A discussion on reproductive health is incomplete without a mention of infertility. A large number of couples all over the world including India are infertile, i.e., they are unable to produce children inspite of unprotected sexual co-habitation.
The reasons for this could be many–physical, congenital, diseases, drugs, immunological or even psychological. In India, often the female is blamed for the couple being childless, but more often than not, the problem lies in the male partner.
Specialised health care units (infertility clinics, etc.) could help in diagnosis and corrective treatment of some of these disorders and enable these couples to have children.
However, where such corrections are not possible, the couples could be assisted to have children through certain special techniques commonly known as assisted reproductive technologies (ART). In vitro fertilisation (IVF–fertilisation outside the body in almost similar conditions as that in the body) followed by embryo transfer (ET) is one of such methods.
In this method, popularly known as test tube baby programme, ova from the wife/donor (female) and sperms from the husband/donor (male) are collected and are induced to form zygote under simulated conditions in the laboratory.
The zygote or early embryos (with upto 8 blastomeres) could then be transferred into the fallopian tube (ZIFT–zygote intra fallopian transfer) and embryos with more than 8 blastomeres, into the uterus (IUT – intra uterine transfer), to complete its further development. Embryos formed by in-vivo fertilisation (fusion of gametes within the female) also could be used for such transfer to assist those females who cannot conceive.
Transfer of an ovum collected from a donor into the fallopian tube (GIFT – gamete intra fallopian transfer) of another female who cannot produce one, but can provide suitable environment for fertilisation and further development is another method attempted. Intra cytoplasmic sperm injection (ICSI) is another specialised procedure to form an embryo in the laboratory in which a sperm is directly injected into the ovum.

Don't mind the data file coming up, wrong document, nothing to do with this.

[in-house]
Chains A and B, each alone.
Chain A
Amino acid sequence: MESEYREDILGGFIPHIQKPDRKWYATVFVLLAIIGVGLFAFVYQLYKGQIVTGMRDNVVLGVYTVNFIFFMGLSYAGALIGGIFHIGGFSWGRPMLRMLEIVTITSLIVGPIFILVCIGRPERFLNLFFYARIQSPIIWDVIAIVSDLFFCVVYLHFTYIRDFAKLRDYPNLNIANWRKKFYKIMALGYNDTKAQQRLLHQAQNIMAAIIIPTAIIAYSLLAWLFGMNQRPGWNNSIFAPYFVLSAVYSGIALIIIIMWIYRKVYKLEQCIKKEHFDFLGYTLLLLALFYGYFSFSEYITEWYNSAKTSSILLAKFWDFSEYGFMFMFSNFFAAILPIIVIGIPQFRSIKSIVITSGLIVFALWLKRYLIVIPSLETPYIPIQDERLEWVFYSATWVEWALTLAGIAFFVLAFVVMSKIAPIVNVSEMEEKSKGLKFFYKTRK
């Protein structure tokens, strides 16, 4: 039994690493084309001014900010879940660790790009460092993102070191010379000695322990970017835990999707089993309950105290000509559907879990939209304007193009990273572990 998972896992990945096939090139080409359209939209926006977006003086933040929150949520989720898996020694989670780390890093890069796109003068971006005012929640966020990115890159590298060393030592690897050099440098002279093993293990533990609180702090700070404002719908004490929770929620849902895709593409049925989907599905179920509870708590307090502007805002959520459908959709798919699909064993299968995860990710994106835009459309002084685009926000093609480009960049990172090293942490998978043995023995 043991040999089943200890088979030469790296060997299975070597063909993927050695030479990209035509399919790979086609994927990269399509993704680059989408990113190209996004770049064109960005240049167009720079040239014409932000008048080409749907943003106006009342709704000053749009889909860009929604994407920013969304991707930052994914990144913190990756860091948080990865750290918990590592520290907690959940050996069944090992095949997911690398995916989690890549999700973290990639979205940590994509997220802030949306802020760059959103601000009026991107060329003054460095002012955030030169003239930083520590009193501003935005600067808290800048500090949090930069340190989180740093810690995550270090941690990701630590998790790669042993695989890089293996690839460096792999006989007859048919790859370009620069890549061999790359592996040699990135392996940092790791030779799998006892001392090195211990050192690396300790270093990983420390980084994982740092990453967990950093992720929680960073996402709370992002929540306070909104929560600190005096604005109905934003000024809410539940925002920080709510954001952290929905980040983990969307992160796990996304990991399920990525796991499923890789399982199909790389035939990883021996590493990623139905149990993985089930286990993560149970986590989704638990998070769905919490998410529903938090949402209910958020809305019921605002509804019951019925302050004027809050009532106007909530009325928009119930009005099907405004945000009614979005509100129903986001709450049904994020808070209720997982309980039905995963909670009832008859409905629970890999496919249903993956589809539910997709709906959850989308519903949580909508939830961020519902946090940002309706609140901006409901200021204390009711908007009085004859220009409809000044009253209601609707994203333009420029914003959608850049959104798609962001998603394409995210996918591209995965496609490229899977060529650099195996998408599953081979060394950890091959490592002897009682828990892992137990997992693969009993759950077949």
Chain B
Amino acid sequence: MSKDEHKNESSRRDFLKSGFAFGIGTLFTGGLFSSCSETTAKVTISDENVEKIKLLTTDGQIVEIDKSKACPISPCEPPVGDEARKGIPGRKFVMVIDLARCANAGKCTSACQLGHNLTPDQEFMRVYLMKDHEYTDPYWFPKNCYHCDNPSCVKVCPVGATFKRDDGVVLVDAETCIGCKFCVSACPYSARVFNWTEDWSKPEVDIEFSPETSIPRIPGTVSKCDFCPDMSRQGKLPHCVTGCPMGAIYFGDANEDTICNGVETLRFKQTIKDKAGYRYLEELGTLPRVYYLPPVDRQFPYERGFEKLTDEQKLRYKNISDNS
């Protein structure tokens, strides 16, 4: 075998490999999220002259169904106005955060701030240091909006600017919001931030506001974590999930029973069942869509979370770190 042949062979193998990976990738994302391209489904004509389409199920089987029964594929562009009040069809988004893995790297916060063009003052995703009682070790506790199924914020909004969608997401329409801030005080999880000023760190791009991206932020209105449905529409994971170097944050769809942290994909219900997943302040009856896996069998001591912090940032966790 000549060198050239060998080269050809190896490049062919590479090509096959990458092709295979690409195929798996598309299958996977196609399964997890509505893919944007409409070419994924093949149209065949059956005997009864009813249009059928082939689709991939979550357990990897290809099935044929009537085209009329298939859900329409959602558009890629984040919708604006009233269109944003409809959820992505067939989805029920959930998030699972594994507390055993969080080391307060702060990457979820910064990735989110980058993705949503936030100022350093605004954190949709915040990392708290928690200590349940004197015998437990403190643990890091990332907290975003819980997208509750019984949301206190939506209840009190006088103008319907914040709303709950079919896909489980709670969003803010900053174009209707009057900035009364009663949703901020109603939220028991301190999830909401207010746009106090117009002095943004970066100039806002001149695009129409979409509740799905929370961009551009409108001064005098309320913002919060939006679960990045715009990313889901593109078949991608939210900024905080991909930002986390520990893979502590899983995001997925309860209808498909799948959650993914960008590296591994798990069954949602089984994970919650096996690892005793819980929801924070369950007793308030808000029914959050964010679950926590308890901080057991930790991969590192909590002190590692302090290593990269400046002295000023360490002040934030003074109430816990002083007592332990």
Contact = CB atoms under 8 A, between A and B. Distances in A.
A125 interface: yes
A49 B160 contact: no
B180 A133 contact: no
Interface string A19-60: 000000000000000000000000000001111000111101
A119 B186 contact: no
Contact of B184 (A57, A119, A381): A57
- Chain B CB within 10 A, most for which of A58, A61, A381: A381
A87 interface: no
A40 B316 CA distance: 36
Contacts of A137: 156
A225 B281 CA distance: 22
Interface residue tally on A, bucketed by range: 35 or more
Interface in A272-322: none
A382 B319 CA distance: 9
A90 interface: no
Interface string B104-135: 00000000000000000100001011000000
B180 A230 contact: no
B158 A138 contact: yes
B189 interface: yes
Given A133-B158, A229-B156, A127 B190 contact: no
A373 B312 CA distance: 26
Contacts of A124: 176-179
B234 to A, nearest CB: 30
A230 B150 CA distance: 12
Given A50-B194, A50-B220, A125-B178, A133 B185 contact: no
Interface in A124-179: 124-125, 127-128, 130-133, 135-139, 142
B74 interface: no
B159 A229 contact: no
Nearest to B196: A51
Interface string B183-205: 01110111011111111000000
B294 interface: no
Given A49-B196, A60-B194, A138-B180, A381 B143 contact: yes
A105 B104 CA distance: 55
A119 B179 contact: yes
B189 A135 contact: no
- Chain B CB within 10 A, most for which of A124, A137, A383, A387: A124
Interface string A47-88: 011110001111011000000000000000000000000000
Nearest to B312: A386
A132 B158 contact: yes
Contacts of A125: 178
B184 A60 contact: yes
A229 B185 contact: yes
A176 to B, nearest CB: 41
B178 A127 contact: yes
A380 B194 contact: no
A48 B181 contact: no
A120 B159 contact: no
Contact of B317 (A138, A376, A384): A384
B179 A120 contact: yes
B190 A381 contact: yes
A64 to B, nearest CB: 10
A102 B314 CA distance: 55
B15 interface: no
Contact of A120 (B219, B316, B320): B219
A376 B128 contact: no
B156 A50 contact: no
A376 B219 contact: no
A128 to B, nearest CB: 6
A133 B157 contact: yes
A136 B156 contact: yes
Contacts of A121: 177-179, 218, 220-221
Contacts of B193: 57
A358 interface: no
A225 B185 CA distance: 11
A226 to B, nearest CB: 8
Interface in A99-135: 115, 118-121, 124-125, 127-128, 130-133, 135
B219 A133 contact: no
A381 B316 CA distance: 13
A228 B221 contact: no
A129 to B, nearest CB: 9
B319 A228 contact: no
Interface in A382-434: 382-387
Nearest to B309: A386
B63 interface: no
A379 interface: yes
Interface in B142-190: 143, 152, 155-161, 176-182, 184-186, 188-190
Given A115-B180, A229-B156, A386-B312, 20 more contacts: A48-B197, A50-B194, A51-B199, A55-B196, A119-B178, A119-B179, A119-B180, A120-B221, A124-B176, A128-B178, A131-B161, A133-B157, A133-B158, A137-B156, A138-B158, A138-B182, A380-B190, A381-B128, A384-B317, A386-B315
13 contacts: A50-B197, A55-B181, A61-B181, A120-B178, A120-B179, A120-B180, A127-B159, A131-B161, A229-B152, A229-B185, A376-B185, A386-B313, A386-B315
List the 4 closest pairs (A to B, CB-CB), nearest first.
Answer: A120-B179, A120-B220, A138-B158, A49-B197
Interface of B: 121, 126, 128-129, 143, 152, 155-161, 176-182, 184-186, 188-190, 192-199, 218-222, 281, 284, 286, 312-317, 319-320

Infertility cases either due to inability of the male partner to inseminate the female or due to very low sperm counts in the ejaculates, could be corrected by artificial insemination (AI) technique. In this technique, the semen collected either from the husband or a healthy donor is artificially introduced either into the vagina or into the uterus (IUI – intra-uterine insemination) of the female.
Though options are many, all these techniques require extremely high precision handling by specialised professionals and expensive instrumentation. Therefore, these facilities are presently available only in very few centres in the country.
Obviously their benefits is affordable to only a limited number of people. Emotional, religious and social factors are also deterrents in the adoption of these methods. Since the ultimate aim of all these procedures is to have children, in India we have so many orphaned and destitute children, who would probably not survive till maturity, unless taken care of. Our laws permit legal adoption and it is as yet, one of the best methods for couples looking for parenthood.